If you’re living in the state of Utah and opened up PornHub today, you might have been surprised to be greeted not by the usual wall of clips, but a singular video followed by a couple explanatory paragraphs. PornHub, along with other adult sites owned by parent company MindGeek, blocked access to IP addresses from the state in protest of its recent age verification law. Now, in order to access any site that includes adult material, users must provide proof of age to the web host, and companies that don’t comply will be liable if they’re sued because a minor accessed their content.

Pornhub decided to opt out of the state entirely in response. In their message for Utah-based users: “We believe that the best and most effective solution for protecting children and adults alike is to identify users by their device and allow access to age-restricted materials and websites based on that identification.”

While online searches for VPNs have skyrocketed in the state since the bill went into effect May 3rd, the state has a history of legislation addressing the so-called porn epidemic. Utah, where over half of the population identifies as Mormon, passed a resolution in 2016 declaring pornography to be “a public-health crisis,” building the foundation for this month’s move: Utah joins several states in enacting similar age verification measures, all part of a larger wave of legislation pushed in the name of “protecting children.” Utah’s S.B. 287 Online Pornography Viewing Age Requirements reads: “This bill creates obligations and liabilities for a commercial entity that provides pornography or other materials harmful to minors.”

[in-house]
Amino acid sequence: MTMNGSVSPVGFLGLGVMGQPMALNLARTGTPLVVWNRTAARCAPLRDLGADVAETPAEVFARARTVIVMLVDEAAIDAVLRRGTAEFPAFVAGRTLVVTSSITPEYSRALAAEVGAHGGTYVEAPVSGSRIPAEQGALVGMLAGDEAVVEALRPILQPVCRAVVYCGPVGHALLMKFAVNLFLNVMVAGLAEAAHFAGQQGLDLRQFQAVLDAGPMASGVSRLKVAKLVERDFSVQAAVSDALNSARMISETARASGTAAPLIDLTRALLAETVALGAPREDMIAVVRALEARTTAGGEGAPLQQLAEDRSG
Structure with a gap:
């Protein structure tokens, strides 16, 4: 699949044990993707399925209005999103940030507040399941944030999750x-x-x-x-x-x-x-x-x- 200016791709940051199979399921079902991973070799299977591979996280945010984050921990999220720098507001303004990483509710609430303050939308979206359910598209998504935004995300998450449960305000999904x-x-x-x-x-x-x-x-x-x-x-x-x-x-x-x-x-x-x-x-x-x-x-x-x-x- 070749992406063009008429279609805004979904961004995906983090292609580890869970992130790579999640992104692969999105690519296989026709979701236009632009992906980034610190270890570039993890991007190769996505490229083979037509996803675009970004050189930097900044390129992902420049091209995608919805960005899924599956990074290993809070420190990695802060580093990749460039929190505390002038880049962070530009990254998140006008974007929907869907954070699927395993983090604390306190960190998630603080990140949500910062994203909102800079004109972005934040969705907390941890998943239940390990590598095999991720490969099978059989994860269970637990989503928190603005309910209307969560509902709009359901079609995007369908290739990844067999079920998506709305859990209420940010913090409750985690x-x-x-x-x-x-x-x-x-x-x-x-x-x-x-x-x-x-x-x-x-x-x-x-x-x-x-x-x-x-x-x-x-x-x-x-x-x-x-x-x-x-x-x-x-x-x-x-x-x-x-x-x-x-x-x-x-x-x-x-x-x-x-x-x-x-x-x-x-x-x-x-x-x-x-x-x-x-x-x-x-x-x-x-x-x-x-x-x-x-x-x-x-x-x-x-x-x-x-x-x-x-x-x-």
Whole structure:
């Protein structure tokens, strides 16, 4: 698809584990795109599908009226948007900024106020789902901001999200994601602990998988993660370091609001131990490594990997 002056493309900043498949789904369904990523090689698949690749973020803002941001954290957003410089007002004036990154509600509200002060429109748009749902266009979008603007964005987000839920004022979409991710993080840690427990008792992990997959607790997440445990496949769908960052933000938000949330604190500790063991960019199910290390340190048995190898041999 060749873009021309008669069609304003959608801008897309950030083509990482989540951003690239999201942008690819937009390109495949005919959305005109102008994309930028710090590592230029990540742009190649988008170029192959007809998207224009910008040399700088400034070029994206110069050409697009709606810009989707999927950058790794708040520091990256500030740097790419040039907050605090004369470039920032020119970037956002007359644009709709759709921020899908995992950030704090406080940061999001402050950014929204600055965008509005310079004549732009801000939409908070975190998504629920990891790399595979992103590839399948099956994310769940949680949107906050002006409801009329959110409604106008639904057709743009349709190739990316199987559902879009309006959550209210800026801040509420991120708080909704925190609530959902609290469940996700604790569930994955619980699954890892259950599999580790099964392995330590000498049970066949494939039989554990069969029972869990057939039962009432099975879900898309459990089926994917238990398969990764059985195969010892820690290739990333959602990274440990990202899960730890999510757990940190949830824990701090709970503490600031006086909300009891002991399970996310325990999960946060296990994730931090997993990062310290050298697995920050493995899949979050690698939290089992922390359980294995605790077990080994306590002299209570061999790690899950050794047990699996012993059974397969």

Performer Cherie DeVille in the video addressing visitors from Utah | PornHub

In practice, proponents of these bills are capitalizing on the dual moral panics of pornography addiction and children’s safety, all horrifically intersecting at a time our society is experiencing an upswing in puritanism. In the incredible essay Everyone is Beautiful and No One is Horny by RS Benedict for Blood Knife, Benedict traces the converging cultural moments that have brought us to a sexless today:

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